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The River War: An Account of the Reconquest of the Sudan

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Length: 517 pages7 hours

Summary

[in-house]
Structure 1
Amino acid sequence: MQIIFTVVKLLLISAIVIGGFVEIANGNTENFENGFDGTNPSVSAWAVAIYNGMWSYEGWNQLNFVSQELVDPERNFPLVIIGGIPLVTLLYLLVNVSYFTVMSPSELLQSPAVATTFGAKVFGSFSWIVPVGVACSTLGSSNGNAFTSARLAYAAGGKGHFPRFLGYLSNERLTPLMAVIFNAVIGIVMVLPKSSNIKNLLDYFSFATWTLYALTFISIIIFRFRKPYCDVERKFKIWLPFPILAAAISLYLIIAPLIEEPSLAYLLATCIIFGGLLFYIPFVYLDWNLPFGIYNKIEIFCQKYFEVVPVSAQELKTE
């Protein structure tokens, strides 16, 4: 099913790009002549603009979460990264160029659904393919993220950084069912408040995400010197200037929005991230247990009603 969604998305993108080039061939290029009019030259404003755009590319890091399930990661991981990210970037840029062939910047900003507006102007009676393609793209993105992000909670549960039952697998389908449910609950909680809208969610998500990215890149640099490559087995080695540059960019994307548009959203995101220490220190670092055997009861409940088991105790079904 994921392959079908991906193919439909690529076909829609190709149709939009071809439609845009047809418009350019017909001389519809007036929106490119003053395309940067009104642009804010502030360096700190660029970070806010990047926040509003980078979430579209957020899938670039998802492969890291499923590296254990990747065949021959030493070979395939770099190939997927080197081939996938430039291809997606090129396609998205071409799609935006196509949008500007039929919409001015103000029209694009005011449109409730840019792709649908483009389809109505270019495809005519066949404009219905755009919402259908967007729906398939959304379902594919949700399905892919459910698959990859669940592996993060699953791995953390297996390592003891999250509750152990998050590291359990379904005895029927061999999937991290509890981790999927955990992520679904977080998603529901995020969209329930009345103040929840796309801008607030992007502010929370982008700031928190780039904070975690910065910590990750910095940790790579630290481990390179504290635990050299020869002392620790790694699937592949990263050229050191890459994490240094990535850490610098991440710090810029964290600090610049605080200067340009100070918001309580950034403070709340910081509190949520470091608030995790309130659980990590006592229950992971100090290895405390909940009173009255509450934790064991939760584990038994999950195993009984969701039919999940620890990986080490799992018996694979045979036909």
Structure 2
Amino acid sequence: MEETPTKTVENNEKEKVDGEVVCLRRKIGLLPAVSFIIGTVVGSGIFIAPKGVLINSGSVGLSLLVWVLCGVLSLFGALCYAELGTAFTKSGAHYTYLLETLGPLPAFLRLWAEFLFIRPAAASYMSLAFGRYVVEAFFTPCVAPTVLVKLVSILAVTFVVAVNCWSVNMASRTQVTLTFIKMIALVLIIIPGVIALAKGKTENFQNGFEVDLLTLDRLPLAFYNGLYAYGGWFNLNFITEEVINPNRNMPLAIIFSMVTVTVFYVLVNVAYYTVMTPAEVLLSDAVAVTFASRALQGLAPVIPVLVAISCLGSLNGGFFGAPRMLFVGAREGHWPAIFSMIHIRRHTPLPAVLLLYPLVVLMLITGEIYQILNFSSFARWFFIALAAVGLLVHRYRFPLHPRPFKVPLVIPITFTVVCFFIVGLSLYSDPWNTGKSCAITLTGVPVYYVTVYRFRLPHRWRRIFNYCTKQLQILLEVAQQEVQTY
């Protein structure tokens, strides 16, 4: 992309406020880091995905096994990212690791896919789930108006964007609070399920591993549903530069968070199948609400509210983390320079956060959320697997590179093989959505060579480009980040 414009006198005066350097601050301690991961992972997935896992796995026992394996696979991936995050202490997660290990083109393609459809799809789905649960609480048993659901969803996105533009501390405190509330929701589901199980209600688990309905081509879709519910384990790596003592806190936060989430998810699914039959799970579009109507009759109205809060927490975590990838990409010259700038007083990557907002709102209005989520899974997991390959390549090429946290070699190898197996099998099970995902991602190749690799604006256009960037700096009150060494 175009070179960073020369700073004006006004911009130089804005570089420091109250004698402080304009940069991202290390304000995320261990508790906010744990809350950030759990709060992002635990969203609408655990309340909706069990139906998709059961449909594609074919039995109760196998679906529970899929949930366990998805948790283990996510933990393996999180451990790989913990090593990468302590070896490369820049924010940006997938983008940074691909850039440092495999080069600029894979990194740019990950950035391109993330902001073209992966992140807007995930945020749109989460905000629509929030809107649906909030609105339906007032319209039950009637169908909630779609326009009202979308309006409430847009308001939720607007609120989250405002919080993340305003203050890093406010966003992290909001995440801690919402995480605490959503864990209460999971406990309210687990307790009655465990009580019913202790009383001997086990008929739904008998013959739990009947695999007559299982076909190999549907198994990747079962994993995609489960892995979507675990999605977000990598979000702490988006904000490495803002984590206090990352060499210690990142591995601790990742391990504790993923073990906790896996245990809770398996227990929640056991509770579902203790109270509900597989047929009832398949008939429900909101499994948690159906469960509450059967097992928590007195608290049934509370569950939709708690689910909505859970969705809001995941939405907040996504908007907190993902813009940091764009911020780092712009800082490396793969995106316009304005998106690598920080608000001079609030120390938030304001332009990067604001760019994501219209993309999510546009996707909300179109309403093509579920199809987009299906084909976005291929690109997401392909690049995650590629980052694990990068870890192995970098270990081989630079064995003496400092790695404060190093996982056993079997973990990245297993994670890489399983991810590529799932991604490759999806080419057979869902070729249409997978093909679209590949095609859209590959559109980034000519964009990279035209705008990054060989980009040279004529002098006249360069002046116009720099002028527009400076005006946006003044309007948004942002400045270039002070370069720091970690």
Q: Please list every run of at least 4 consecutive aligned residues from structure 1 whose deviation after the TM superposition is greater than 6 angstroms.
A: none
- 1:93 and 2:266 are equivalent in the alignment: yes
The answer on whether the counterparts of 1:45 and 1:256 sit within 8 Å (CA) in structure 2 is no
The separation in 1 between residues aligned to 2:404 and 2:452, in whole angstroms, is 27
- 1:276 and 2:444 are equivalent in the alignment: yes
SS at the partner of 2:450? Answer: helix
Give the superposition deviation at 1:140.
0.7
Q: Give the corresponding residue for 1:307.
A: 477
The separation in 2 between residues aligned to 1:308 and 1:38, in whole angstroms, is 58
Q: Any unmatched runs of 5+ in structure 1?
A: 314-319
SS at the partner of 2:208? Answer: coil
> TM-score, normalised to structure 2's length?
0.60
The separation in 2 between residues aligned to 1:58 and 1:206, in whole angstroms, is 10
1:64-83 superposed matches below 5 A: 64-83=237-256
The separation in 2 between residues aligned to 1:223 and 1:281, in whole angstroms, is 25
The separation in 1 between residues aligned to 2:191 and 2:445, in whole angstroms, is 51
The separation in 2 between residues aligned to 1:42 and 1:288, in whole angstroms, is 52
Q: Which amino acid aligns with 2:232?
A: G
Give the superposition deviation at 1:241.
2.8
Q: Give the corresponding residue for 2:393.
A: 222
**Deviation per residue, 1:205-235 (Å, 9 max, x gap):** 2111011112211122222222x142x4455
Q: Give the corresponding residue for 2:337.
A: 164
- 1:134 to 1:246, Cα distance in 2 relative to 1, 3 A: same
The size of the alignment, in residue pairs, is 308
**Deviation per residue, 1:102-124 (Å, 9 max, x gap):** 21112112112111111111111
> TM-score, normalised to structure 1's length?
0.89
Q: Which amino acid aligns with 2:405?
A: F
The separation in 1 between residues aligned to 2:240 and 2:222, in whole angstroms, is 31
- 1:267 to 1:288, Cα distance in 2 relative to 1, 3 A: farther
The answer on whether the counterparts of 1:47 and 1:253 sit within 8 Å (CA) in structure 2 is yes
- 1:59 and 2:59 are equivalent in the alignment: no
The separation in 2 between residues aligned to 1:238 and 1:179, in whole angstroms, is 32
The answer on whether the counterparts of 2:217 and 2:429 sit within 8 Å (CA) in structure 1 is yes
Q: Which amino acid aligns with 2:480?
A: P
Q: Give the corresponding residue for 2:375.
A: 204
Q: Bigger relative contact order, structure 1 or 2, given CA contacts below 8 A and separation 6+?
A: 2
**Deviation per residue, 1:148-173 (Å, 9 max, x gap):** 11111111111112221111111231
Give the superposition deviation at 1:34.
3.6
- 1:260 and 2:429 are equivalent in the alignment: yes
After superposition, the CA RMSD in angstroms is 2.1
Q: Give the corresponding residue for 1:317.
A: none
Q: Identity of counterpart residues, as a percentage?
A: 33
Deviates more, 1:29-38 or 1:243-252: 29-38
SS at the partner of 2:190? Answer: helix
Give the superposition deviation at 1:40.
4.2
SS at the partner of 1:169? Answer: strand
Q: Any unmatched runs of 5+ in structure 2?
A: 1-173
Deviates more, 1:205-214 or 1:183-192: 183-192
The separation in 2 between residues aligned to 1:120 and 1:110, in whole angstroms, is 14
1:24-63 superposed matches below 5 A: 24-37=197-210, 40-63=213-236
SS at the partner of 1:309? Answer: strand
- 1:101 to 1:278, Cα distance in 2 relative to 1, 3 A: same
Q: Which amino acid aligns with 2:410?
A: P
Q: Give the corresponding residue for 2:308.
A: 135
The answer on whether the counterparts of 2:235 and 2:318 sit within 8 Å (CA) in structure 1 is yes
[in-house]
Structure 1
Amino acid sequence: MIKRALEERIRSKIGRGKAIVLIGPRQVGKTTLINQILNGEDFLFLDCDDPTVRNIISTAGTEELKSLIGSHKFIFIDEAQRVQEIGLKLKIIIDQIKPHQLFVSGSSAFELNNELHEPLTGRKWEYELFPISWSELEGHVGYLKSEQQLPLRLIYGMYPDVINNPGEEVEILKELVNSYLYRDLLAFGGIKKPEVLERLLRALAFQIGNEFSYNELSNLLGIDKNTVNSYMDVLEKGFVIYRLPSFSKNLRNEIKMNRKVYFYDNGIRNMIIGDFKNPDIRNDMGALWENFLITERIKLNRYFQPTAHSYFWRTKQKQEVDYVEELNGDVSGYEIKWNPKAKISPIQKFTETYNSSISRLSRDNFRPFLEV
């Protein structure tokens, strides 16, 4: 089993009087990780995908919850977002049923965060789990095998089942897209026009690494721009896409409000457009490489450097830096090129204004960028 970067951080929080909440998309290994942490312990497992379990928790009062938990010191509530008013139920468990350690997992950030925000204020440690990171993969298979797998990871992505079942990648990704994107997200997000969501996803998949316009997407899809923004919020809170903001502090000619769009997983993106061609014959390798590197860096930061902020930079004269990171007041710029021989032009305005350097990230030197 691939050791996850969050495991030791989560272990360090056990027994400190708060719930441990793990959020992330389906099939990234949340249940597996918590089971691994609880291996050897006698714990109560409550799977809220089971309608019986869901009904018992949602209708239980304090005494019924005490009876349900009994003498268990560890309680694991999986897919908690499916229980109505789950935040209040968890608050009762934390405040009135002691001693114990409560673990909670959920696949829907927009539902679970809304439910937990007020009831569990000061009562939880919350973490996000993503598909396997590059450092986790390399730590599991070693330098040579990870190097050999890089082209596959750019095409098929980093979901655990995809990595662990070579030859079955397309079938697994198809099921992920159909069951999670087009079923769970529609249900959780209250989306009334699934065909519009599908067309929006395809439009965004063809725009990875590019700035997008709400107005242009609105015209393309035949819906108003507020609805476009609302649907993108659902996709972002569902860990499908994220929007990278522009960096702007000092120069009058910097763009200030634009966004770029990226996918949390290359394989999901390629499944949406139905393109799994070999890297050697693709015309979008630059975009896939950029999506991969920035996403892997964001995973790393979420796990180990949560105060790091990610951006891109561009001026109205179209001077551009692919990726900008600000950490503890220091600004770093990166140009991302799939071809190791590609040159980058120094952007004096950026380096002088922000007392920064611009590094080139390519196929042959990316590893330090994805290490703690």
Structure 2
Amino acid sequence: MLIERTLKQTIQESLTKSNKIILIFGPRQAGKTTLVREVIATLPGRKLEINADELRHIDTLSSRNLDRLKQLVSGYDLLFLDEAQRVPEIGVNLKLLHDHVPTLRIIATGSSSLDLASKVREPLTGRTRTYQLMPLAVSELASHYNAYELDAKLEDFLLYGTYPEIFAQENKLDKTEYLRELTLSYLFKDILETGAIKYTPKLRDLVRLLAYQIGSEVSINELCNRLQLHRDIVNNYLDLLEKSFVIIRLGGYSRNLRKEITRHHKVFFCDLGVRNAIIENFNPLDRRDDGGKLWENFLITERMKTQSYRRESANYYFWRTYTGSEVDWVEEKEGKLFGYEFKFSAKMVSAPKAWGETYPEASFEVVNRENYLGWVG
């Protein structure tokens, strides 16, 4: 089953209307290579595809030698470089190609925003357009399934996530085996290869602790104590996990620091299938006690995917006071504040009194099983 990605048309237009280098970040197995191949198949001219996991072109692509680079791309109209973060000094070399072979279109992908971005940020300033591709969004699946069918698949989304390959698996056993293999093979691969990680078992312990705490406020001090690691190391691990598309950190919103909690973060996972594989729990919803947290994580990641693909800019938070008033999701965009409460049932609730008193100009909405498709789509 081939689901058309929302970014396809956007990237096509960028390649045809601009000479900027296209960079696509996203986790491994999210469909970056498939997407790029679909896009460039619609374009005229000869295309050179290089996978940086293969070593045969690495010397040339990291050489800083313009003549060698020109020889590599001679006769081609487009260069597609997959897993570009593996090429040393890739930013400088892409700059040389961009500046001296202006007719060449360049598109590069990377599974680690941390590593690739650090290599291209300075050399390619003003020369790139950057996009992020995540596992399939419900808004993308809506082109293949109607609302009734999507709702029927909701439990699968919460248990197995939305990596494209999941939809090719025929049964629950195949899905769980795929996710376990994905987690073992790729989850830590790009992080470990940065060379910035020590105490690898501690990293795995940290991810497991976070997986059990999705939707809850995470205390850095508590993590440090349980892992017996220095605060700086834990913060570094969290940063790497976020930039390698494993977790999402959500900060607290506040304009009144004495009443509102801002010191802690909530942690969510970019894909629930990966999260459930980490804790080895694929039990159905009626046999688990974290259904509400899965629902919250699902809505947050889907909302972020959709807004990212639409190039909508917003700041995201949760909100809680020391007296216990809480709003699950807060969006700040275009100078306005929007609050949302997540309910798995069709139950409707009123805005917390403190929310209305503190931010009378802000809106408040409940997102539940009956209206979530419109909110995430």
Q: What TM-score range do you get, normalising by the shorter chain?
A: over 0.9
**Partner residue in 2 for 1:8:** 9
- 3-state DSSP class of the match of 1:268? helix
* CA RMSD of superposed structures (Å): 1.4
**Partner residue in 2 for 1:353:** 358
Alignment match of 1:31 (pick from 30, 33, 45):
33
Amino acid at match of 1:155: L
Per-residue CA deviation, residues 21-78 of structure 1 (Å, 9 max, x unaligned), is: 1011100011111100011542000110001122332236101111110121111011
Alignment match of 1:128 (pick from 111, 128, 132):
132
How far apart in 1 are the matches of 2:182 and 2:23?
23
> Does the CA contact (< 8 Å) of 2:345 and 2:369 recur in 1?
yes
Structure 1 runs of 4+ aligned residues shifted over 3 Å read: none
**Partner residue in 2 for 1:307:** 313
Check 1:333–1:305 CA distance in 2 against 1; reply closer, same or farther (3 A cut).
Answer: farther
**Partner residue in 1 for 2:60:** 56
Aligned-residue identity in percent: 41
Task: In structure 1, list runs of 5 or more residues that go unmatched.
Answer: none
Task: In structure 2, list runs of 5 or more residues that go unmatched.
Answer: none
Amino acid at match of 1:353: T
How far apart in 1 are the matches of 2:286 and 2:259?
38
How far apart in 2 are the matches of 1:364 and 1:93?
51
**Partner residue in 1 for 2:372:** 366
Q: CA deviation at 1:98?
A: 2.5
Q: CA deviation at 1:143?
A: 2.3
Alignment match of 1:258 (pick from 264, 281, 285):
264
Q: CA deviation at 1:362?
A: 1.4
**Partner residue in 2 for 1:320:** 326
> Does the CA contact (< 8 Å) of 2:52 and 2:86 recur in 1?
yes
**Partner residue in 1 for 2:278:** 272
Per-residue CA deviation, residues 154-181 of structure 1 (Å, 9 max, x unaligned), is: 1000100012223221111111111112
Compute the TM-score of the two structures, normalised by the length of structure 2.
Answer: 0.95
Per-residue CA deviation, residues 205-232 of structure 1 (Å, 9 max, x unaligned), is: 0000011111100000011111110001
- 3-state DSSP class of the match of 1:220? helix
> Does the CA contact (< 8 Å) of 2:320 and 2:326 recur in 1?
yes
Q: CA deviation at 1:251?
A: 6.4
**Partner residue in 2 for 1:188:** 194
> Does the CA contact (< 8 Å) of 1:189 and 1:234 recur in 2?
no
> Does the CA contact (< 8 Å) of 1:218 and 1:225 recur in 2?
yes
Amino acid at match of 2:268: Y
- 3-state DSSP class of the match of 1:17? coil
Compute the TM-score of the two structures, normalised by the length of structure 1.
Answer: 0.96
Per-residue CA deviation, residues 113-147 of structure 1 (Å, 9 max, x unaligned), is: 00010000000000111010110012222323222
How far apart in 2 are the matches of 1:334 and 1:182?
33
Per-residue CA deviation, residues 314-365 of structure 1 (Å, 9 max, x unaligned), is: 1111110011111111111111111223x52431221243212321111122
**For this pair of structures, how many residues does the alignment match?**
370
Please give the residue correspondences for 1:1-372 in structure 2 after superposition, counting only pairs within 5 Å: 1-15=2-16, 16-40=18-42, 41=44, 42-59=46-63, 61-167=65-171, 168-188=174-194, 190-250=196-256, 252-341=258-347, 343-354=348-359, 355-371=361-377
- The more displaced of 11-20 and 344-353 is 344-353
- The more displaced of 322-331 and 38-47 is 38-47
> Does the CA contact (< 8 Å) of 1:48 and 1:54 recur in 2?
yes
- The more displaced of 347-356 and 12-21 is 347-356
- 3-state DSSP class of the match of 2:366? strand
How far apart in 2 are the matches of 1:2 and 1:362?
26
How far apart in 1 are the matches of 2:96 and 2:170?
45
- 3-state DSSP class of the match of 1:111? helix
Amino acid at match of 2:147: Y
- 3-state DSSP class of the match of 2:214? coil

Before he was the Prime Minister of England, and before he was even in Parliament, Winston Churchill was a soldier, stationed first in India and then in Sudan. His early years in the British army form the background for this historical work, which is actually his second published book. Written in 1899, it is an account of Britain's re-conquest of the Sudan, providing a description of the British conflict led by Lord Kitchener against Islamic Jihadists set to conquer Egypt and drive out infidels. Many battles and important figures are described, from the murder of General Charles George Gordon, to the siege at Khartoum, to the Battle of Omdurman. Throughout the work there is also a generous amount of commentary concerning Mohammedanism, British attitude to the war, the modern machinery of war, such as the telegraph, and its relative effectiveness. Churchill was ready to criticize if he found fault, and some of this censure was removed when his political career began. This edition is an unabridged version of Churchill's work, first written as a soldier, war correspondent, and young man with a bright and momentous future before him.

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